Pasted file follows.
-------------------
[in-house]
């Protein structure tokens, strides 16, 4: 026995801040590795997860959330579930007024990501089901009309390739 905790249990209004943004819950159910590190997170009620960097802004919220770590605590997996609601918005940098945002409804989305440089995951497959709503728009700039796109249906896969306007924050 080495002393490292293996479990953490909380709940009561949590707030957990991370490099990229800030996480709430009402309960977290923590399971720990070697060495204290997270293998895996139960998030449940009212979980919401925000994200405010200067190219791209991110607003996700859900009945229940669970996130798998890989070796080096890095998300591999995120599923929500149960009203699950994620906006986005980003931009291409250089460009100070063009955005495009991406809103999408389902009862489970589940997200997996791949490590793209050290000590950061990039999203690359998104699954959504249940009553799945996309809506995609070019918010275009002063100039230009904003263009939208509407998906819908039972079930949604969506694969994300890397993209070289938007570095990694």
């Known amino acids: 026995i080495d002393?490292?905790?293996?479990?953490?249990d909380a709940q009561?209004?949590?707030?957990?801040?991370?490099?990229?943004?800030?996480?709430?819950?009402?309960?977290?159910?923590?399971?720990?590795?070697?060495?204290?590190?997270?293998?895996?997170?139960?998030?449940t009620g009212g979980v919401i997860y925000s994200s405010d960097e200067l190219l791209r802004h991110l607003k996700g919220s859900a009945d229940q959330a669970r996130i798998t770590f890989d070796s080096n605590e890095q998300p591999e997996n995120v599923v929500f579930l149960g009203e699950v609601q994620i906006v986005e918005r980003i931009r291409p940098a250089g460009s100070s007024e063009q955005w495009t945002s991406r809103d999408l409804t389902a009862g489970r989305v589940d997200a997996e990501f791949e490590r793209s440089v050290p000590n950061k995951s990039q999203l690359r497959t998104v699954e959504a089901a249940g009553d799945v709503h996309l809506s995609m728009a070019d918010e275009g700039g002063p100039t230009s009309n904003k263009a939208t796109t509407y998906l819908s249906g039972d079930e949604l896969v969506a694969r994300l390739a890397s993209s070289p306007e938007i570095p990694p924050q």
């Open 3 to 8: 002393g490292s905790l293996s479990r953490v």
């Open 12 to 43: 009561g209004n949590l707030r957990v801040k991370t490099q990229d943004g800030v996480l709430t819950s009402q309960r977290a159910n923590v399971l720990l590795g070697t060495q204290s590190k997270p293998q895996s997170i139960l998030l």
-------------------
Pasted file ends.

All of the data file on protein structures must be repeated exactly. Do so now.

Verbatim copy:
[in-house]
């Protein structure tokens, strides 16, 4: 026995801040590795997860959330579930007024990501089901009309390739 905790249990209004943004819950159910590190997170009620960097802004919220770590605590997996609601918005940098945002409804989305440089995951497959709503728009700039796109249906896969306007924050 080495002393490292293996479990953490909380709940009561949590707030957990991370490099990229800030996480709430009402309960977290923590399971720990070697060495204290997270293998895996139960998030449940009212979980919401925000994200405010200067190219791209991110607003996700859900009945229940669970996130798998890989070796080096890095998300591999995120599923929500149960009203699950994620906006986005980003931009291409250089460009100070063009955005495009991406809103999408389902009862489970589940997200997996791949490590793209050290000590950061990039999203690359998104699954959504249940009553799945996309809506995609070019918010275009002063100039230009904003263009939208509407998906819908039972079930949604969506694969994300890397993209070289938007570095990694």
């Known amino acids: 026995i080495d002393?490292?905790?293996?479990?953490?249990d909380a709940q009561?209004?949590?707030?957990?801040?991370?490099?990229?943004?800030?996480?709430?819950?009402?309960?977290?159910?923590?399971?720990?590795?070697?060495?204290?590190?997270?293998?895996?997170?139960?998030?449940t009620g009212g979980v919401i997860y925000s994200s405010d960097e200067l190219l791209r802004h991110l607003k996700g919220s859900a009945d229940q959330a669970r996130i798998t770590f890989d070796s080096n605590e890095q998300p591999e997996n995120v599923v929500f579930l149960g009203e699950v609601q994620i906006v986005e918005r980003i931009r291409p940098a250089g460009s100070s007024e063009q955005w495009t945002s991406r809103d999408l409804t389902a009862g489970r989305v589940d997200a997996e990501f791949e490590r793209s440089v050290p000590n950061k995951s990039q999203l690359r497959t998104v699954e959504a089901a249940g009553d799945v709503h996309l809506s995609m728009a070019d918010e275009g700039g002063p100039t230009s009309n904003k263009a939208t796109t509407y998906l819908s249906g039972d079930e949604l896969v969506a694969r994300l390739a890397s993209s070289p306007e938007i570095p990694p924050q």
């Open 3 to 8: 002393g490292s905790l293996s479990r953490v």
């Open 12 to 43: 009561g209004n949590l707030r957990v801040k991370t490099q990229d943004g800030v996480l709430t819950s009402q309960r977290a159910n923590v399971l720990l590795g070697t060495q204290s590190k997270p293998q895996s997170i139960l998030l």